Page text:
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By Raymond F. Betts, Lyz Bly

This energetic and informative survey presents a thematic worldwide heritage of pop culture concentrating on the interval because the finish of the second one international conflict. Raymond Betts considers the swift diffusion and 'hybridization' of pop culture because the results of 3 stipulations of the area because the finish of worldwide battle : instant communications, common intake in a market-based economic climate and the visualization of fact. Betts considers the dominance of yank leisure media and conduct of intake, assessing version and unfavorable reactions to this impression. the writer surveys quite a lot of issues, together with: * the emergence and prerequisites of recent pop culture* the consequences of worldwide clash* the phenomenon and results of urbanization* the altering demography of the political enviornment and the paintings position* the advance of latest tune tradition* movie, tv and visible adventure* the expansion of game as a business. Directed at scholars and common readers eager about the size and different types of pop culture, the booklet presents a fascinating advent to this pervasice and ever-changing topic.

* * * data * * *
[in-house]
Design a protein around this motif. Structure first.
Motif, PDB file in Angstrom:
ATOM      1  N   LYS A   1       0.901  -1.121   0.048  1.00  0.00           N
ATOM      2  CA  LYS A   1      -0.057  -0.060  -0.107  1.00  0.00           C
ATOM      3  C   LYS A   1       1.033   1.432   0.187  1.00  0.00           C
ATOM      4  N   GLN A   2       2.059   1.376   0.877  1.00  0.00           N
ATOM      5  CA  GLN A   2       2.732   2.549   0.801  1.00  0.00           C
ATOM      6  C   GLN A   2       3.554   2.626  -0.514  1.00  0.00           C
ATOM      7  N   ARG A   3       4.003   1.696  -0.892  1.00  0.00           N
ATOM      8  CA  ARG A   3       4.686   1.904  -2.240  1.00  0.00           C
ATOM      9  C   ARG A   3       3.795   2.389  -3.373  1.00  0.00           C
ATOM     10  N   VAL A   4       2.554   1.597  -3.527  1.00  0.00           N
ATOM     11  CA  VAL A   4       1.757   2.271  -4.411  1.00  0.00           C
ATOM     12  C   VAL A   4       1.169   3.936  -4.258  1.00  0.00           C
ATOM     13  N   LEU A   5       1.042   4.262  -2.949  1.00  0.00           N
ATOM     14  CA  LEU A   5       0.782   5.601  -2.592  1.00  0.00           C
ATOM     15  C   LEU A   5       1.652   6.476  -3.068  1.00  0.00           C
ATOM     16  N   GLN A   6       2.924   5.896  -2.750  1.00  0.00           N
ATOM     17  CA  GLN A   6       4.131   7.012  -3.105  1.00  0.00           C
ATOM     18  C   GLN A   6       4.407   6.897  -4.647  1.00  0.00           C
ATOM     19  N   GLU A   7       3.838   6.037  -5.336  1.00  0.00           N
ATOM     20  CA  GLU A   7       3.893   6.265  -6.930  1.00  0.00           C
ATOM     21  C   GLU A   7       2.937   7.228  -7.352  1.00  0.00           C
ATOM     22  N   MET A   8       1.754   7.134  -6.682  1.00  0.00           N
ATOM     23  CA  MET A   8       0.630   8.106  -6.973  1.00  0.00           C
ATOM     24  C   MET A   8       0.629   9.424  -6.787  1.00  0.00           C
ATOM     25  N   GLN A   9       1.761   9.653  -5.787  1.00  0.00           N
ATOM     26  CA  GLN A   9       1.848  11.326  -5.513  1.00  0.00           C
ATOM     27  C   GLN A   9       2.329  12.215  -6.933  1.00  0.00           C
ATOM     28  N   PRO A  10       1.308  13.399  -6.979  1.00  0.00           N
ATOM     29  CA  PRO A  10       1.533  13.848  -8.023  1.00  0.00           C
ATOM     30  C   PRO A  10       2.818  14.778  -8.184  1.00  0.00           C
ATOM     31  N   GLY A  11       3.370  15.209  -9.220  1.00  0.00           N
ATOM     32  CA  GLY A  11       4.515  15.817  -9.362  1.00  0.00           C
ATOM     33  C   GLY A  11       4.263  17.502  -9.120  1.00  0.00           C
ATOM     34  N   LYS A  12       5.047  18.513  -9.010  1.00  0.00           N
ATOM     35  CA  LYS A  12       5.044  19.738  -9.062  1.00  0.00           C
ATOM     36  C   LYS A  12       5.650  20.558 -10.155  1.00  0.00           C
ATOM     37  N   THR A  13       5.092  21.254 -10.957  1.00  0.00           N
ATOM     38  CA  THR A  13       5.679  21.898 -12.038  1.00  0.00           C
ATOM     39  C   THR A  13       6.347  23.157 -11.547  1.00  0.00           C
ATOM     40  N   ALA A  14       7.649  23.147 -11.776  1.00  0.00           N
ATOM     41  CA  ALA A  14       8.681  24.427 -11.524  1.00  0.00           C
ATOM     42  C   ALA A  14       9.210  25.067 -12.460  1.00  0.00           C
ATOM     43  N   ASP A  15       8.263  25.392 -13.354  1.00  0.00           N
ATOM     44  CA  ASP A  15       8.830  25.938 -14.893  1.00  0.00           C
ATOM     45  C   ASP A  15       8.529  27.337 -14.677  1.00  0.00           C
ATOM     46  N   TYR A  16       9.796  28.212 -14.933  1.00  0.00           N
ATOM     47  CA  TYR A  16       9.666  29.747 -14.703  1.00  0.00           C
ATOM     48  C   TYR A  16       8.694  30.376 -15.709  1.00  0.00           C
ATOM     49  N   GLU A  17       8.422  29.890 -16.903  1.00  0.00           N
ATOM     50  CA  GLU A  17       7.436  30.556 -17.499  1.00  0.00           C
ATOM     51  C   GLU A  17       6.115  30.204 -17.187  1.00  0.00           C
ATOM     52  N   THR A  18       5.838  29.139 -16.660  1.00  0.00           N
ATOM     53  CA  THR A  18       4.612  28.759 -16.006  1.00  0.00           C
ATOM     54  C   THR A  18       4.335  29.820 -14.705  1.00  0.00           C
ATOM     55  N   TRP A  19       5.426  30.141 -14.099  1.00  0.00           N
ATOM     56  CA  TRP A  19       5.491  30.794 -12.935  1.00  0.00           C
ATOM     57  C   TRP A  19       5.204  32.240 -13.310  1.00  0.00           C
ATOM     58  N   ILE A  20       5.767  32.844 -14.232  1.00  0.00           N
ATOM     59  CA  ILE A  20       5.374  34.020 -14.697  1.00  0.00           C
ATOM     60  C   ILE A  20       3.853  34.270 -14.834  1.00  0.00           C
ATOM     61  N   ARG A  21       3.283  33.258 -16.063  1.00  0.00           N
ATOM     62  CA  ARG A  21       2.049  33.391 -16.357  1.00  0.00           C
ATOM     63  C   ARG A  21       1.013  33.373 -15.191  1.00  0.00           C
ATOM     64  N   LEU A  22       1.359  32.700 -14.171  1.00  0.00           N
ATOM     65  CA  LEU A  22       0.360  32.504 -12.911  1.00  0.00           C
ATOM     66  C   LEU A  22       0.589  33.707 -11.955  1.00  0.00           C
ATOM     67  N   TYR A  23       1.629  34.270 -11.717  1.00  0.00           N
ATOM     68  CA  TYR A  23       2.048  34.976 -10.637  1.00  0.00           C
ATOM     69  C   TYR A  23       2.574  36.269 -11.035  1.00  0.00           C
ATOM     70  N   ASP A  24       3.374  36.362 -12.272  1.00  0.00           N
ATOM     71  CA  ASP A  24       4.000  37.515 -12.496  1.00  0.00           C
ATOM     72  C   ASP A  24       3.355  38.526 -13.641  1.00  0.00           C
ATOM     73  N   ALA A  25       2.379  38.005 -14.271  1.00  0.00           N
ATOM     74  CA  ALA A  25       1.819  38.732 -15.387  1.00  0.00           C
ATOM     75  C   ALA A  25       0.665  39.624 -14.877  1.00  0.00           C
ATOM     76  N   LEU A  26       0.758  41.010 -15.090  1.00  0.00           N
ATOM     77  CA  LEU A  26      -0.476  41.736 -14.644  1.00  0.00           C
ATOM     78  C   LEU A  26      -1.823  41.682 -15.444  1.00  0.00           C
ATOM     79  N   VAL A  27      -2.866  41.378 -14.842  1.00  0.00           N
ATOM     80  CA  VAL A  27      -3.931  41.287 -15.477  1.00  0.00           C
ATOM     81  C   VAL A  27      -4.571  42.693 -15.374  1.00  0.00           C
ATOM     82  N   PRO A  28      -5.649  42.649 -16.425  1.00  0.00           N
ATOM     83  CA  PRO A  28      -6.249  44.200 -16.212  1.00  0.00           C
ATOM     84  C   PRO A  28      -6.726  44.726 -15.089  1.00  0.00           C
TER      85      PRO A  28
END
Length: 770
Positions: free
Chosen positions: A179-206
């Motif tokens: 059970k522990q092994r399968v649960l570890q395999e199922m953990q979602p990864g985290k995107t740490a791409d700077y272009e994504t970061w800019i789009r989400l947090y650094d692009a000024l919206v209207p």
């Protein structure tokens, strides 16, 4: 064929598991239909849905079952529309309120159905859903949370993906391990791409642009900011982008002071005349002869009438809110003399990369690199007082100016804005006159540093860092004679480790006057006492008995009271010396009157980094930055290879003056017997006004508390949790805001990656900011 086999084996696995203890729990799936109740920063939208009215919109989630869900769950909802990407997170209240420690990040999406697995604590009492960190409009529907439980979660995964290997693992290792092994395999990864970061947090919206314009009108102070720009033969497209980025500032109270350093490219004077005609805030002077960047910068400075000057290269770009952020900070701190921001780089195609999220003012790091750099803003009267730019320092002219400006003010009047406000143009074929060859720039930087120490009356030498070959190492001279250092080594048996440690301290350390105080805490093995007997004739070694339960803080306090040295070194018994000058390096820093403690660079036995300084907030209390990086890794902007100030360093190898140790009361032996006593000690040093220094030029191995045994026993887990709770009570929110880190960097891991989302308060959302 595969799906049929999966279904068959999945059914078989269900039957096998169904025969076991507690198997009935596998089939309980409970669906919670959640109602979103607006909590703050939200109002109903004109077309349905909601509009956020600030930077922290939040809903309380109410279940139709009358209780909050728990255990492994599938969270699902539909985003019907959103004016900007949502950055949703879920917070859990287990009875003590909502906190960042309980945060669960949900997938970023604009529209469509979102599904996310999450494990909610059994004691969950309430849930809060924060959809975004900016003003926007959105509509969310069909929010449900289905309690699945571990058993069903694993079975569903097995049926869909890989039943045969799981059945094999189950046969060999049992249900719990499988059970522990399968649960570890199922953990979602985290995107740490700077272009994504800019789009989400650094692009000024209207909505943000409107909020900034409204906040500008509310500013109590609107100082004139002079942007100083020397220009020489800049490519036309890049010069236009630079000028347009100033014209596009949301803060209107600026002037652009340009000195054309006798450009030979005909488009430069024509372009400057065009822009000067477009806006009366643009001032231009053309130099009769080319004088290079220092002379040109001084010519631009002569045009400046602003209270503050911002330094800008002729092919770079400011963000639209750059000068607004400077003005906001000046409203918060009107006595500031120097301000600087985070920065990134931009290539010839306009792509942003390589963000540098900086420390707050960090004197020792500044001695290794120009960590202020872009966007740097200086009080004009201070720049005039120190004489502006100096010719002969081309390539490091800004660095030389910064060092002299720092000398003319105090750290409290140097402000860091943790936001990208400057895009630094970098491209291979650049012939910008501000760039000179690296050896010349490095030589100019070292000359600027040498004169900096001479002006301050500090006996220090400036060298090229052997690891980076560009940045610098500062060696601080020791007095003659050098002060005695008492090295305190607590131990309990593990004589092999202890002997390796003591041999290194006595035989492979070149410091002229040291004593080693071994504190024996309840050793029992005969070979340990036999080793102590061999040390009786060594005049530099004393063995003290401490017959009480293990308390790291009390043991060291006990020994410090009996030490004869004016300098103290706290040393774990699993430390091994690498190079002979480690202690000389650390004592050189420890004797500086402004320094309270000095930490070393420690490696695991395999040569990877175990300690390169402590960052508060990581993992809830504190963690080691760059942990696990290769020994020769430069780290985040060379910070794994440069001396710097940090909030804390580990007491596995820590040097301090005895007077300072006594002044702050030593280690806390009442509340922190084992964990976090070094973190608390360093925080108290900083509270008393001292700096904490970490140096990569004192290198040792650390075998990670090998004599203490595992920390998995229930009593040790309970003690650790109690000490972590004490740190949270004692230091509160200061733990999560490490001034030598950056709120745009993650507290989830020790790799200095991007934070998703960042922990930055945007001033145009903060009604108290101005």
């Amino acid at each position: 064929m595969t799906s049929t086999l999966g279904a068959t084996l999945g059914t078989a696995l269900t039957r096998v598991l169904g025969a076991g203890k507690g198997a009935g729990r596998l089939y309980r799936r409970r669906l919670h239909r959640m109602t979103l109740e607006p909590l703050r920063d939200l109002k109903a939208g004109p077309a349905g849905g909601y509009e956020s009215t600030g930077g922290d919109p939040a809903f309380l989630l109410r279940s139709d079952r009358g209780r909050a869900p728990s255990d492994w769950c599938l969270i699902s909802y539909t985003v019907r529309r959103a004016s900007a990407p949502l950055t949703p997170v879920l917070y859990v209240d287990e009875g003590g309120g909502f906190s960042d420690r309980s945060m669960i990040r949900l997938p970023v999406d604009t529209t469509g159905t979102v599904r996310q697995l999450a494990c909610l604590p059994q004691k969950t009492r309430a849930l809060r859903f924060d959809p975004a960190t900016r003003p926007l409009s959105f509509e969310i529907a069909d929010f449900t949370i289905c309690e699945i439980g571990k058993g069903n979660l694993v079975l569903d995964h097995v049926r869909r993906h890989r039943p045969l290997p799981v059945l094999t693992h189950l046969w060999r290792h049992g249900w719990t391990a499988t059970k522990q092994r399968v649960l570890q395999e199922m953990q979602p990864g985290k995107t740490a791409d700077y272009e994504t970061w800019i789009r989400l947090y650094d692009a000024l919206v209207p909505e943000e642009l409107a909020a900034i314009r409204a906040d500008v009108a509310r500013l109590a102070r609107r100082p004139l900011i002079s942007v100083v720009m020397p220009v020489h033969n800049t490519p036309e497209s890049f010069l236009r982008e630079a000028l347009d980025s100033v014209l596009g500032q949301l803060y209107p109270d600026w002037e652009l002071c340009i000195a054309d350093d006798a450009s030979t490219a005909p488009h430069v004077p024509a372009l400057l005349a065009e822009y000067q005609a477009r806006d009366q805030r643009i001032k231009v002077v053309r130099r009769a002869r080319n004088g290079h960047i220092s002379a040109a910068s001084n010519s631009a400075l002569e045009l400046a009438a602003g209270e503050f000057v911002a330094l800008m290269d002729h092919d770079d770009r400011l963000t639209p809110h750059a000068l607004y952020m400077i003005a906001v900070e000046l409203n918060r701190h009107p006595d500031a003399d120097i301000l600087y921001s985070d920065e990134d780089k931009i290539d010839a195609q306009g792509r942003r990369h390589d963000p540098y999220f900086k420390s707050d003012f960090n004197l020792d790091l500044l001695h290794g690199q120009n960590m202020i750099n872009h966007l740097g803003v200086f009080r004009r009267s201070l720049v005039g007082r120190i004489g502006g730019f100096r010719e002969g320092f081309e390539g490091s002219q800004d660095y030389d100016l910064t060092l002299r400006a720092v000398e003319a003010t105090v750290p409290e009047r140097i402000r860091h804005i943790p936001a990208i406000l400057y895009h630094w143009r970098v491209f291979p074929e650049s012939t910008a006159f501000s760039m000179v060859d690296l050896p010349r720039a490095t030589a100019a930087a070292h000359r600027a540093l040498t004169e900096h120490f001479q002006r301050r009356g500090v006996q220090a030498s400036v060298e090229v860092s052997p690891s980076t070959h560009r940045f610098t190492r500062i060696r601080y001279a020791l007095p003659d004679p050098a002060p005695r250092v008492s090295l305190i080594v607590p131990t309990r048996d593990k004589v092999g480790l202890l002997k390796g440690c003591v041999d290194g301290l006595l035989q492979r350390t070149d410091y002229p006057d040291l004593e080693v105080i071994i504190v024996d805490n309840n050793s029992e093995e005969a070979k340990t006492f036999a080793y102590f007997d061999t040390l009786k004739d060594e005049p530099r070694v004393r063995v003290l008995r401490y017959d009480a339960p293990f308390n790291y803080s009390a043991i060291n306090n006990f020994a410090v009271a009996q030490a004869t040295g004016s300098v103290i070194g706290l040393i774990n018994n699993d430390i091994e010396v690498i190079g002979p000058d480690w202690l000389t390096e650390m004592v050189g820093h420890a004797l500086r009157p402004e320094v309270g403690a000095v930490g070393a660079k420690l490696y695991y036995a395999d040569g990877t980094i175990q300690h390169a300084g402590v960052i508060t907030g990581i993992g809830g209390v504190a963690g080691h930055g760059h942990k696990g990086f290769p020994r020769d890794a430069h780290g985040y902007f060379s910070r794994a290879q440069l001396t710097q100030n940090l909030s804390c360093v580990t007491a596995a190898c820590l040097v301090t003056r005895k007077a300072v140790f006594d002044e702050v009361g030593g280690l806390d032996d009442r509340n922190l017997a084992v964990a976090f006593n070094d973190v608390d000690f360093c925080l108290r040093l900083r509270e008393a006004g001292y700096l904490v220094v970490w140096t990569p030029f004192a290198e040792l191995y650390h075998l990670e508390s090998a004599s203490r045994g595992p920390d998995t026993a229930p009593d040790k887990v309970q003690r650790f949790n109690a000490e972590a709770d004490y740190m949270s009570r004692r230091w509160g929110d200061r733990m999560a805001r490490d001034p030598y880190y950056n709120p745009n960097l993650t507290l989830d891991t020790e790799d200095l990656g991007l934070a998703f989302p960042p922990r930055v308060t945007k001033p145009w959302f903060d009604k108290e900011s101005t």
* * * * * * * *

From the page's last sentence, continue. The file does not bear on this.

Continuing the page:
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Extra info for A History of Popular Culture: More of Everything, Faster and Brighter

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What Lasker established – and others accepted – was copywriting that asserted the primacy of the product in its field. This was a competitive approach to advertising, a sort of mine-is-much-better-than-yours assertion that has remained the fundamental principal of the ad business. A corollary to “first in its field” was the “indirect copy approach” pioneered by Raymond Rubicam, who began as a copywriter and then in 1923 cofounded Young & Rubicam, which became the world’s largest advertising agency.

Logos took wing with the airlines. Lufthansa used a sleek stylized bird in flight; Air France concocted a seahorse with wings; Pan-American Airways first used a winged arrow and later a stylized globe. The most memorable incidence of brand recognition concerned no company, no product. When the Nazis took over power in Germany in 1933, they made the swastika the logo of their rule. Stark black, firmly rectangular, usually situated in a white circle in a field of bright red, this variant of an ages-old religious symbol, found both in Hindu and Native American cultures, came to represent the ruthlessness of Nazi power.

In a delightful aside in his book America, Jean Baudrillard wrote: “Americans may have no identity, but they do have wonderful teeth” (Baudrillard 1988: 34). The celebrity necessarily does today, as he or she did in the 1920s. Brand recognition Appearances extended to “brand recognition,” a new form of promotion that would become a major characteristic of marketing after World War Two. Logos and symbols represented particular companies and corporations but also implied a distinctive quality not otherwise available.

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